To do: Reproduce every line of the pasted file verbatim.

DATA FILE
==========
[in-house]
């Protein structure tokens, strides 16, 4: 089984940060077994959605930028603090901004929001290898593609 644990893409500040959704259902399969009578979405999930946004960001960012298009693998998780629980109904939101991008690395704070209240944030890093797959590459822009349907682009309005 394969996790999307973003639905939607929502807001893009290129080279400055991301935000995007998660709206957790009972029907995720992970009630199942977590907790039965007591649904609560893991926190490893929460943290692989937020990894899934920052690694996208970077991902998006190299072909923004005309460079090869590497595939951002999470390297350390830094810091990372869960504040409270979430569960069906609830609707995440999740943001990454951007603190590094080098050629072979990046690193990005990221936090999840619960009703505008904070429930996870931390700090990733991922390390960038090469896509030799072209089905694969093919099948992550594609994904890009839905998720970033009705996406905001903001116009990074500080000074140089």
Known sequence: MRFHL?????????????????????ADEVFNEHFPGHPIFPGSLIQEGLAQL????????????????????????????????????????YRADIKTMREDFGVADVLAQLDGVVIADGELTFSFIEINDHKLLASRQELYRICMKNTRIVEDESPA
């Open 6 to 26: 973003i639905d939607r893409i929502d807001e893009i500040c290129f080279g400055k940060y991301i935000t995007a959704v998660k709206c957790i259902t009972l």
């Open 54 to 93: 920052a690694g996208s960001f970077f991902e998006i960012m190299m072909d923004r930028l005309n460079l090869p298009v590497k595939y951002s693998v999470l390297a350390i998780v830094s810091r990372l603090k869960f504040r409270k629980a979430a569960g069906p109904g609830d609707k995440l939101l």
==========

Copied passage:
[in-house]
């Protein structure tokens, strides 16, 4: 089984940060077994959605930028603090901004929001290898593609 644990893409500040959704259902399969009578979405999930946004960001960012298009693998998780629980109904939101991008690395704070209240944030890093797959590459822009349907682009309005 394969996790999307973003639905939607929502807001893009290129080279400055991301935000995007998660709206957790009972029907995720992970009630199942977590907790039965007591649904609560893991926190490893929460943290692989937020990894899934920052690694996208970077991902998006190299072909923004005309460079090869590497595939951002999470390297350390830094810091990372869960504040409270979430569960069906609830609707995440999740943001990454951007603190590094080098050629072979990046690193990005990221936090999840619960009703505008904070429930996870931390700090990733991922390390960038090469896509030799072209089905694969093919099948992550594609994904890009839905998720970033009705996406905001903001116009990074500080000074140089």
Known sequence: MRFHL?????????????????????ADEVFNEHFPGHPIFPGSLIQEGLAQL????????????????????????????????????????YRADIKTMREDFGVADVLAQLDGVVIADGELTFSFIEINDHKLLASRQELYRICMKNTRIVEDESPA
């Open 6 to 26: 973003i639905d939607r893409i929502d807001e893009i500040c290129f080279g400055k940060y991301i935000t995007a959704v998660k709206c957790i259902t009972l």
């Open 54 to 93: 920052a690694g996208s960001f970077f991902e998006i960012m190299m072909d923004r930028l005309n460079l090869p298009v590497k595939y951002s693998v999470l390297a350390i998780v830094s810091r990372l603090k869960f504040r409270k629980a979430a569960g069906p109904g609830d609707k995440l939101l």